The storm sucked the roof straight up, said Pruitt, so there was minimal damage to merchandise in the store. Items had to be moved off of rain-soaked shelves, but many vendors had given the store credit for the items and were now coming to remove their products or had told Pruitt to keep them. Cases of Pepsi and Mountain Dew were hauled away on Wednesday afternoon as boxes of cereal and cornmeal were taken with much of the merchandise to local food pantries.
"As far as (merchandise) damage-wise, we're in pretty good shape," said Pruitt.
Even as the structure of the building was examined for faults, Pruitt kept a positive outlook on the situation.
"We were looking at making changes anyway," he said.
Road crews just starting to haul off brush
In one of the worst-hit areas, Waynesburg and Highland, road crews are just beginning to chip and haul off brush that had once covered the road and was now lining ditches.
"They've got most of the roads back to where people can travel again," said Magistrate Earlin "Dude" Cress. After the storm last week and subsequent flooding Sunday night, debris was moved to the sides of roads to open them for traffic as quickly as possible. Today the chore of removing wayward branches and felled trees continues.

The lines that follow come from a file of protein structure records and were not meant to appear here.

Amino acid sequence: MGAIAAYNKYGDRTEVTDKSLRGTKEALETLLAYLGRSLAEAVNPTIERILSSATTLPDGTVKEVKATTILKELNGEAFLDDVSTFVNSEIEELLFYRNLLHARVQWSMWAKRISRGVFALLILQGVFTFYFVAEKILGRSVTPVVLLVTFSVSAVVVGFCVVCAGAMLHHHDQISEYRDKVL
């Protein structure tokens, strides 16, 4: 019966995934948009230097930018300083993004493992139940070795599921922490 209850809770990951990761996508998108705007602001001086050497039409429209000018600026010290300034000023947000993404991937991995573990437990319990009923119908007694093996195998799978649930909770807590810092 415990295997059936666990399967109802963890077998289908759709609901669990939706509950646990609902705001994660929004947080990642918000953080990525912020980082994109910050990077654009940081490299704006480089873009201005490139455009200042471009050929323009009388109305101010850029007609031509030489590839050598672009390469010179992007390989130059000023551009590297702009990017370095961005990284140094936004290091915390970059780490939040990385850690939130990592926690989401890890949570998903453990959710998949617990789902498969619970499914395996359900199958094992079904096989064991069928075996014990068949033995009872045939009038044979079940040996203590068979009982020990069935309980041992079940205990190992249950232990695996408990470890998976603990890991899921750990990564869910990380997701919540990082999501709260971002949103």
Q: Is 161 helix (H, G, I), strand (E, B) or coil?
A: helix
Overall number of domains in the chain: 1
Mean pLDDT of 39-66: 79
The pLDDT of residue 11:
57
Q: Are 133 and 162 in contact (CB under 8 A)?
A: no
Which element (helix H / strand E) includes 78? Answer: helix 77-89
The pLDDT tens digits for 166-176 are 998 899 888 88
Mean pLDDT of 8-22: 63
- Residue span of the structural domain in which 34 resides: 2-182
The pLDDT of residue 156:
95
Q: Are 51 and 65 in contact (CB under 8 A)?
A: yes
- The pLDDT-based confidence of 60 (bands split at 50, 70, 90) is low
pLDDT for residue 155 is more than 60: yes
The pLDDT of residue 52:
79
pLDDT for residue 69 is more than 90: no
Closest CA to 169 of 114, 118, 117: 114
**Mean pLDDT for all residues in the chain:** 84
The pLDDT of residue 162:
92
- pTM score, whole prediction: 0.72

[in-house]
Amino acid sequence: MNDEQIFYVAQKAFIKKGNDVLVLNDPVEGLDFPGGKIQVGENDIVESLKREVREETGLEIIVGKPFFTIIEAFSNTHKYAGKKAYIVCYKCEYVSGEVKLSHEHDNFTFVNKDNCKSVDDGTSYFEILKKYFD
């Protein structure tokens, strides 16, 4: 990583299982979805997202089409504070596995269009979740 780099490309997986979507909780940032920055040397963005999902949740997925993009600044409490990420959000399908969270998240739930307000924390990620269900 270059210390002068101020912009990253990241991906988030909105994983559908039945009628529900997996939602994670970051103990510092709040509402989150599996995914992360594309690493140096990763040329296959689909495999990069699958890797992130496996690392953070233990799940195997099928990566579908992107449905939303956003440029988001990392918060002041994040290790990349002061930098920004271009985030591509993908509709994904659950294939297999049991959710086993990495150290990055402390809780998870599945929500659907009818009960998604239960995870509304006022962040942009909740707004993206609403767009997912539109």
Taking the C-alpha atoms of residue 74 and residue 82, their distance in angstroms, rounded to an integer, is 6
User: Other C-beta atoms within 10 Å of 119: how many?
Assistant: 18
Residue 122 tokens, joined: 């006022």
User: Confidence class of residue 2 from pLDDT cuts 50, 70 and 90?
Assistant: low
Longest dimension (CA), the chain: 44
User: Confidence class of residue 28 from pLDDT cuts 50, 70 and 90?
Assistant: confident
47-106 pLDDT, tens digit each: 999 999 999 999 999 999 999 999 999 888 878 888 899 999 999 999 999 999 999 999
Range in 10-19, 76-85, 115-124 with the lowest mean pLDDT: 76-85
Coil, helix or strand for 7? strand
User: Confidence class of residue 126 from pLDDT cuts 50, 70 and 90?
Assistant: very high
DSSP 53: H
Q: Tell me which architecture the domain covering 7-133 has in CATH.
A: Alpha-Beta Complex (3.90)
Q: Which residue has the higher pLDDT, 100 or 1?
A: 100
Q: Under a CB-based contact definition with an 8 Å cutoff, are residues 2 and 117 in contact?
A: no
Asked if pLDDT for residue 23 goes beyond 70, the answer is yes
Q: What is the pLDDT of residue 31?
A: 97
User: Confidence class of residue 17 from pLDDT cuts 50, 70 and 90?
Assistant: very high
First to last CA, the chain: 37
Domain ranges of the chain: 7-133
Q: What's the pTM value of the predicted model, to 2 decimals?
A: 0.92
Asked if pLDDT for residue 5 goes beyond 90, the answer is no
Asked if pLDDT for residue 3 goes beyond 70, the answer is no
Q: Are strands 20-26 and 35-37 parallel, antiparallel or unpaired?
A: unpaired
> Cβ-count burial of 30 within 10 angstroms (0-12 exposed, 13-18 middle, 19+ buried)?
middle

"We've not cleaned up most of the brush," said Cress. "...There's still a lot of work out there. It did a lot of damage."
"They're still working on roads as hard as they can go," said Bo Gander of the Lincoln County Road Department.
If the spring storms have taught the community anything, it's teamwork, said Pruitt. Friends from other food stores have been coming to the Redi-Mart, offering their help.
"I had other friends from H&H Food Mart come down and help me put some things in a cooler so they wouldn't ruin," said Pruitt. After 29 years in business, Pruitt said its still all about helping people.
"People have been real supportive," he said.
Outside, his wife Carol watched a curtain of rain and a black cloud cross the knobs toward them, as the wind began to rattle the caution tape encircling the parking lot.
"Let her come," said Lonnie Pruitt.
Marinas take high water in stride
High water after the recent big rains are keeping marinas along Herrington Lake hopping, but they report little damage.
At Sunset Marina on the lake, damage was confined mostly to wind-blown patio furniture, said Darwin Holloway.
The biggest chore, he said, was constantly monitoring the water level and adjusting the lines anchoring the docks.
"When the water's fluctuating like it is now, they'll adjust them three or four times a day," Holloway said, adding that gas and telephone lines have to be monitored as well.
Herrington Marina so far has gone with the flow, reporting little damage. "It's not too bad, 'course the water's up," said Henry Hensley. "I'm surprised it wasn't too bad at all."